you have an arrangement that might be viewed as a partnership, the safer course
is probably to get a partnership agreement drafted or more likely form an LLC
and have an operating agreement drafted.
There are quite a few ways of
structuring a business entity. But how do you choose between the veritable
alphabet soup of LLCs, S Corps, C Corps, LPs, LLPs, and so on and so forth?
This can be quite a headache, since not all of them do the same thing.
A golden rule for business is to
do business the way your business is structured, and to structure your business
entity in the way you need to be doing business! If you mix and match, it has
an unfortunate tendency to create serious liabilities which often come with a
fairly aggressive tax assessment.
With liabilities and taxes in
mind, consider reading a recent Forbes
article titled “Beware Of Partnership Status Sneaking Up On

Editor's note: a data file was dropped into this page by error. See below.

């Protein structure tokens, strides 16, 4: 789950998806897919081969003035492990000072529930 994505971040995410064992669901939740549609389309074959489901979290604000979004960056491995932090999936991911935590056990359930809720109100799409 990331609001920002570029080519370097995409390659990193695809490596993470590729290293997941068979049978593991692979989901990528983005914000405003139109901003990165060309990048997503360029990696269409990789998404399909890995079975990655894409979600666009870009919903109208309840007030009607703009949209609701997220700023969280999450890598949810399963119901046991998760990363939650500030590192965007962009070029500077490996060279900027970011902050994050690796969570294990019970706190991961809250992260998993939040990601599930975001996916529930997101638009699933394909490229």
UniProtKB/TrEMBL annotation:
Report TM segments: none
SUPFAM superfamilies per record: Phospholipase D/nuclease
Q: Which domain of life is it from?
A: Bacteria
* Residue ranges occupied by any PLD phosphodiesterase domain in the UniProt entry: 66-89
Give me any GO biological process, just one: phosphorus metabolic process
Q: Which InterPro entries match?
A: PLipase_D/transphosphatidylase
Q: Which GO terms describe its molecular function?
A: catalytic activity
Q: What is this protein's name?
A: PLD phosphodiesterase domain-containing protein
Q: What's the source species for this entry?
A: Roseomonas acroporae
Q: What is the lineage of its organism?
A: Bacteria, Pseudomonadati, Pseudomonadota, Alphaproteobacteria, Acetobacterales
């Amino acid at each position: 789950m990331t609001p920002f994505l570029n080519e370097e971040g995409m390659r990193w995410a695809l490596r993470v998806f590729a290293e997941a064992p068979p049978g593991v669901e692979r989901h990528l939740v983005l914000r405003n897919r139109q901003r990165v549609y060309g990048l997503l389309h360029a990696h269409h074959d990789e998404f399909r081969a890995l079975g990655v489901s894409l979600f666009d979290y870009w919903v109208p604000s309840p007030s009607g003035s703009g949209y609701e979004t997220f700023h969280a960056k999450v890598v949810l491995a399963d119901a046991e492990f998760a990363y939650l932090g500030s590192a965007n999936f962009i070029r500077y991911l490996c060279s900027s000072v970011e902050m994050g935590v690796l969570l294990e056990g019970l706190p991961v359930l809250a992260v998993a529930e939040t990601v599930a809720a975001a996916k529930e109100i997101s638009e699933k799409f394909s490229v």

Your Business Venture.”
While this advice is nothing
new, yet another tax court case has come down the pike to confirm this
conventional wisdom. In the case a father and son operated a moderately large
agricultural business. The father and son, however, each formed their own
entities, worked together to do the work, split the income equally, but
disproportionately split the expenses. The IRS determined that this juggling of
the books didn’t compute, so the IRS slammed both father and son with the taxes
that would have applied on a single “partnership.”
You could say this was another
case of “substance over form.”
Teaching point: if there are two
business entities, then they must act like two businesses in order to be separate businesses. Otherwise, there
should be only one entity, if such is an accurate reflection of how the work is
Of course, the accidental partnership
is not the only pitfall. Be sure to read the original article for the full
(October 21, 2012) “Beware Of Partnership Status Sneaking Up On
Your Business Venture”